It has become an iconic symbol of the great American wilderness … the Magic Bus from the book and film Into the Wild, where 24-year-old wanderer Chris McCandless died.
The site in Alaska has become a pilgrimage for those inspired by the story with tourists from across the world hiking twenty miles from the nearest main road to visit it.
However, that influx of visitors – not all of them experienced hikers – has led to a series of rescues for Alaska state troopers. In the latest case just last week, a 22-year-old Canadian suffered minor injuries while hiking to the bus and got stranded because of heavy rain and rising waters. Fortunately, he was wearing a personal locator beacon and the rescue ran smoothly before he was removed by helicopter to the city of Fairbanks.
Now, calls are being made for the Magic Bus to be moved altogether or at least to somewhere safer. In an editorial in the local Fairbanks Daily News Miner, the newspaper suggested that other dangerous locations on trails in state and national parks get blocked off or marked as hazards.
They said the more people that visit the bus, the longer Alaska state troopers will have to come to the rescue. One of the biggest problems with the Magic Bus is that it sits on the far side of the notoriously fast-running Teklanika River. Hikers can sometimes get across without major difficulty only to return to find the river has risen dramatically and is now impossible to cross.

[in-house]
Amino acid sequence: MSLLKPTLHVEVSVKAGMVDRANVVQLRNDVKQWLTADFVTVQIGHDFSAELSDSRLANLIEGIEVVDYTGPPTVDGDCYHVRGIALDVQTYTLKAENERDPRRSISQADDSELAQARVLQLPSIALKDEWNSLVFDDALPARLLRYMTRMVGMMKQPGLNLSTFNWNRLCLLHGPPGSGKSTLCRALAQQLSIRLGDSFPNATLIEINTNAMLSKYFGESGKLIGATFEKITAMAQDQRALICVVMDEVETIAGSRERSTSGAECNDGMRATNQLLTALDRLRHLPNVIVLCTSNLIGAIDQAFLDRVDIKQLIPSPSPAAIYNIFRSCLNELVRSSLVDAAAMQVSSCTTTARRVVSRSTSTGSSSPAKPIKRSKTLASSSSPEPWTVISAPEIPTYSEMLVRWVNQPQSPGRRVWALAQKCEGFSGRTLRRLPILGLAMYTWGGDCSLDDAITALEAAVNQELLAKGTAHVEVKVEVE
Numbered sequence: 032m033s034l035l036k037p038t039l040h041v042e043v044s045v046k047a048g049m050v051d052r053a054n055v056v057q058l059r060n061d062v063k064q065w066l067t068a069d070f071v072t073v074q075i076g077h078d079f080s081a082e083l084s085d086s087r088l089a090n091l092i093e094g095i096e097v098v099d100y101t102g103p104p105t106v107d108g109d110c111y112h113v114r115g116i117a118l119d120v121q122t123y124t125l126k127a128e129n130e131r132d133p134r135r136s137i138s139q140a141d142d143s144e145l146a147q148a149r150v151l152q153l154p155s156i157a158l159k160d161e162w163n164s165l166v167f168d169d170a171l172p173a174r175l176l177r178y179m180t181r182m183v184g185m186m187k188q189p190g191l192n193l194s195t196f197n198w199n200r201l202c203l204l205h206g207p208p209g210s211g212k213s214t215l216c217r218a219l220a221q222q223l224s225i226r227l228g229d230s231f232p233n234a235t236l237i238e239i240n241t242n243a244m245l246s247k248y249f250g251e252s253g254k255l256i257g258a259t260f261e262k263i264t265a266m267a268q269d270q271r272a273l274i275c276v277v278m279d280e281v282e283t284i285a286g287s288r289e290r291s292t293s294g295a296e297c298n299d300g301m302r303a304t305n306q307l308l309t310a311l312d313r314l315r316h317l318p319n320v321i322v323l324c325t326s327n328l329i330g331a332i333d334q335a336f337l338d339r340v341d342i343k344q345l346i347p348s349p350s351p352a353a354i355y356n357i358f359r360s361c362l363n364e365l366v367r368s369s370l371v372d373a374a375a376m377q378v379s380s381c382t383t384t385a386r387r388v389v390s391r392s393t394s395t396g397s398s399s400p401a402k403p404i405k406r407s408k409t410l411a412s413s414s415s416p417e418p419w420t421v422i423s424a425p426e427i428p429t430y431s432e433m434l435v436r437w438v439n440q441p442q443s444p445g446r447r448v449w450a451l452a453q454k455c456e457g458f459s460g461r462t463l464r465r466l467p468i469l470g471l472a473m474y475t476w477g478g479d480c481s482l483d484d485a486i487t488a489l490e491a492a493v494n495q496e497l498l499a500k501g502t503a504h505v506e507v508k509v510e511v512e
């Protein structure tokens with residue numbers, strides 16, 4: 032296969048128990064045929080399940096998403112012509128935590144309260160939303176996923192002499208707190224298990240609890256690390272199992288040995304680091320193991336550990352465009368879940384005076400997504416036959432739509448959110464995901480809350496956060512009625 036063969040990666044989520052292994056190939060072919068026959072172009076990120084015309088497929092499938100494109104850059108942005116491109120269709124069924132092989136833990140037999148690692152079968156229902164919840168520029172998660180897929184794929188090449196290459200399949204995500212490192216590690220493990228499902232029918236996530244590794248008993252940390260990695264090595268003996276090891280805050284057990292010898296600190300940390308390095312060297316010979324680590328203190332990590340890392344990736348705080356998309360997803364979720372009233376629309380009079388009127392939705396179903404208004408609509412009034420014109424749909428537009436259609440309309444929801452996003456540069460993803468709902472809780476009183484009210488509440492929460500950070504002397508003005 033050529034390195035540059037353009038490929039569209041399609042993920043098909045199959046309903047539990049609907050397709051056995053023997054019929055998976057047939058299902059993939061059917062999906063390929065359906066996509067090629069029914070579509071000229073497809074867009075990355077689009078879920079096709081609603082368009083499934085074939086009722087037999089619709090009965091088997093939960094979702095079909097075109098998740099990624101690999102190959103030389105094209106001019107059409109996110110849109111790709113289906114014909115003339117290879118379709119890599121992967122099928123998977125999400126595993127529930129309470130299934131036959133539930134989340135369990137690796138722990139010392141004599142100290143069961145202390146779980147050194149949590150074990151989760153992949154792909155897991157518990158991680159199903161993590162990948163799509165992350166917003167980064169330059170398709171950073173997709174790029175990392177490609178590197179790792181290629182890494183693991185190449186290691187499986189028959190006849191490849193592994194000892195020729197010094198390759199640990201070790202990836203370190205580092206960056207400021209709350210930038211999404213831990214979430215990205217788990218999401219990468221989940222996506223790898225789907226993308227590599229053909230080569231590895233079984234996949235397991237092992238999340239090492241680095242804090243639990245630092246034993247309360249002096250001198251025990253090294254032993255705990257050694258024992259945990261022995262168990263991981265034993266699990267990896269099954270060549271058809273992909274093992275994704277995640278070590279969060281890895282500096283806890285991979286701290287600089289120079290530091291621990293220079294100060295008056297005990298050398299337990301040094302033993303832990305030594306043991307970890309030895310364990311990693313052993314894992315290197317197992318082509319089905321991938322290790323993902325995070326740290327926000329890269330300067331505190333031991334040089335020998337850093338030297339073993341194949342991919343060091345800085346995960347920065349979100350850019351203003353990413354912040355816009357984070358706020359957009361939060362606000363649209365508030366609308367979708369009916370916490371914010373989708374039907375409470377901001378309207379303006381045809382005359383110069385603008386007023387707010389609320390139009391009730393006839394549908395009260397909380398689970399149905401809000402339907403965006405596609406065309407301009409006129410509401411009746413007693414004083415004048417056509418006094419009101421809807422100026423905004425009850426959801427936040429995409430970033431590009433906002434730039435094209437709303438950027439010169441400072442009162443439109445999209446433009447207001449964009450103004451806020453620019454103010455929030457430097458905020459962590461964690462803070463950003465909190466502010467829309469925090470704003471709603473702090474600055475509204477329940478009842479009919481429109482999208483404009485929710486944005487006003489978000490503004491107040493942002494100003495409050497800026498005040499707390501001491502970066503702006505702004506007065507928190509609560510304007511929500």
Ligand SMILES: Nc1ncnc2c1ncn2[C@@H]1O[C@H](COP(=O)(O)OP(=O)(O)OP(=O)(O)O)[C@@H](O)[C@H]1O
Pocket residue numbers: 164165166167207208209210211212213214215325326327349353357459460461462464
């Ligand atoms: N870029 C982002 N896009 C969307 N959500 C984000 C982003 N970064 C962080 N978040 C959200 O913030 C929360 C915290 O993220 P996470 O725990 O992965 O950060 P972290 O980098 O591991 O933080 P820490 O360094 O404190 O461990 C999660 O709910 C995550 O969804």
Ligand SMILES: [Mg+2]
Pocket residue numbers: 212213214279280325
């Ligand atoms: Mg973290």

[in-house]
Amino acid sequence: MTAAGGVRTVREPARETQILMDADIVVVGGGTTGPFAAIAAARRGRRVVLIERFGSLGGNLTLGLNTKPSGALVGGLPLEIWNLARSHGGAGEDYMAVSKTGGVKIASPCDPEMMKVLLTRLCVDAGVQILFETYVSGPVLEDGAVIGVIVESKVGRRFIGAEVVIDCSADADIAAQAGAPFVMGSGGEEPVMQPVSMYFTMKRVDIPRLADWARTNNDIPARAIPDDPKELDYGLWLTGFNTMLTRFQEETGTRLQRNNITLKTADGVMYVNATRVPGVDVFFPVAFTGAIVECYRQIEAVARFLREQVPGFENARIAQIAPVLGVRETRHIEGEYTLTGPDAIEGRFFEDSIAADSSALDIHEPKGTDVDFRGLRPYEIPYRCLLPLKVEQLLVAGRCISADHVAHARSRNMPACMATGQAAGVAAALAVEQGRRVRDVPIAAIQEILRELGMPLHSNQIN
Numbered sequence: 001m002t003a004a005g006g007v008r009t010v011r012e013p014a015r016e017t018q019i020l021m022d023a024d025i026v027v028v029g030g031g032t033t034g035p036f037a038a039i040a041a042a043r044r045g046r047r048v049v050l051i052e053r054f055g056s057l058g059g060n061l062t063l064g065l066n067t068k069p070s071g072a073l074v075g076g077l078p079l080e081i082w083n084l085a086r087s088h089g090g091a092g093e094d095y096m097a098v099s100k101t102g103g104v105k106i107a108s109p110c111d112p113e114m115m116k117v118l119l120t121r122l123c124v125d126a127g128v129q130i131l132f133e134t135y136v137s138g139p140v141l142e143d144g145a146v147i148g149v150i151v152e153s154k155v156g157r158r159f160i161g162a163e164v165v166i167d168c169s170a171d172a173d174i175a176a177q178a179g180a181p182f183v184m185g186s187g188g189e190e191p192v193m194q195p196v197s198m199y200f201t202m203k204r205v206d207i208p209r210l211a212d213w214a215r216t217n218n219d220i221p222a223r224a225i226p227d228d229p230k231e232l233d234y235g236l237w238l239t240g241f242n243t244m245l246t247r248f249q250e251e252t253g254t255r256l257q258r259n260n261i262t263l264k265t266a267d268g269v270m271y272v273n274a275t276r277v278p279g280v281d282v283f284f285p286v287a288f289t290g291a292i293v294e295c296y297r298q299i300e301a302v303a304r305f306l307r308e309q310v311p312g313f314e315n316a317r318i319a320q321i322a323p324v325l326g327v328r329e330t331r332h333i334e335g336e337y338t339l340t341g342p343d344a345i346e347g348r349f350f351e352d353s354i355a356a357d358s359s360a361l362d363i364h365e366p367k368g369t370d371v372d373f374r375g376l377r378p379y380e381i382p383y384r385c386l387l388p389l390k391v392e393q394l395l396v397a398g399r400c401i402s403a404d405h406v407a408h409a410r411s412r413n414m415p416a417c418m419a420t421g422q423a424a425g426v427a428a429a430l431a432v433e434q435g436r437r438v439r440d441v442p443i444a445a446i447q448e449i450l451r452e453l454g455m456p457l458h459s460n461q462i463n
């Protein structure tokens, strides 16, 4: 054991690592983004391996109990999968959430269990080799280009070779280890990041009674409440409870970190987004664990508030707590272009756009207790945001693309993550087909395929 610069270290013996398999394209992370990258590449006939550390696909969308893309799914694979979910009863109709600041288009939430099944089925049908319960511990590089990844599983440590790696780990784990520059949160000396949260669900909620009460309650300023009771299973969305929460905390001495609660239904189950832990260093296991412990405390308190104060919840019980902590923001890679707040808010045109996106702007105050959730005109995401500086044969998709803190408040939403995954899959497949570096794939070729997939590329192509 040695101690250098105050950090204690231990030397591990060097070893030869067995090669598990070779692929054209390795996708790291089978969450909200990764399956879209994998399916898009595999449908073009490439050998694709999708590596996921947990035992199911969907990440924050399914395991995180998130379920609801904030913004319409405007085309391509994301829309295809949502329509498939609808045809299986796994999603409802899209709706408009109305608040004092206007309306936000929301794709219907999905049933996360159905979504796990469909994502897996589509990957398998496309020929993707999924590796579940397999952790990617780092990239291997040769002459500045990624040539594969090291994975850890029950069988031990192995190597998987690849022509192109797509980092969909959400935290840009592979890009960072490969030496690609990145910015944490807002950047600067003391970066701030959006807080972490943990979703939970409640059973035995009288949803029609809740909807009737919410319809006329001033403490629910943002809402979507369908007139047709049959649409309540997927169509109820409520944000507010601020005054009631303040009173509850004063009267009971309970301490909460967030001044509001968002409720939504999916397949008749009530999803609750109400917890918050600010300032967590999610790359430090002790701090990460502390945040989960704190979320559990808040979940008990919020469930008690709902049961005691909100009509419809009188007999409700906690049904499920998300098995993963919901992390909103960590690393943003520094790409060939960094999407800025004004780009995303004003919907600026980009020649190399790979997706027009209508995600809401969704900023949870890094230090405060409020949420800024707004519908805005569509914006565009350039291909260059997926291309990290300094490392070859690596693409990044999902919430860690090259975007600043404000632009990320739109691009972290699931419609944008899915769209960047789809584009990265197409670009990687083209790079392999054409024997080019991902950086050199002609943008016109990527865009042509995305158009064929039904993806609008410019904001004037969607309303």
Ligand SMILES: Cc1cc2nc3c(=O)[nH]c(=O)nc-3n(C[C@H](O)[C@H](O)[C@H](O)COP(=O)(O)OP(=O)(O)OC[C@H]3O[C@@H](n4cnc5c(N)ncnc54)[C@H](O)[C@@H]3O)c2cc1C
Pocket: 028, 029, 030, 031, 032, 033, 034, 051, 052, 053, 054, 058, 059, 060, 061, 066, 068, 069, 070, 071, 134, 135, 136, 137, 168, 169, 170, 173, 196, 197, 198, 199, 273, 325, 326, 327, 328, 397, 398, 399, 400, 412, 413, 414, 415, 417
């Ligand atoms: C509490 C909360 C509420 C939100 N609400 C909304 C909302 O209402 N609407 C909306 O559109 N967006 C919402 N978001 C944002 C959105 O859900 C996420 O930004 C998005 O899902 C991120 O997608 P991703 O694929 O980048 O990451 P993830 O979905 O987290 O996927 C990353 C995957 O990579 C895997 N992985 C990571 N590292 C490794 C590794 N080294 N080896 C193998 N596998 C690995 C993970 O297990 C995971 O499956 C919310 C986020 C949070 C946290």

That was exactly what happened to Christopher McCandless back in 1992 when he tried to return to civilisation but had to return to the bus, where he subsequently died. Five years later, his story was made internationally famous in a book written by American author John Krakauer.
In 2007, Into the Wild was adapted into a film made by Sean Penn and starring Emile Hersch, which spread the story to an even wider audience.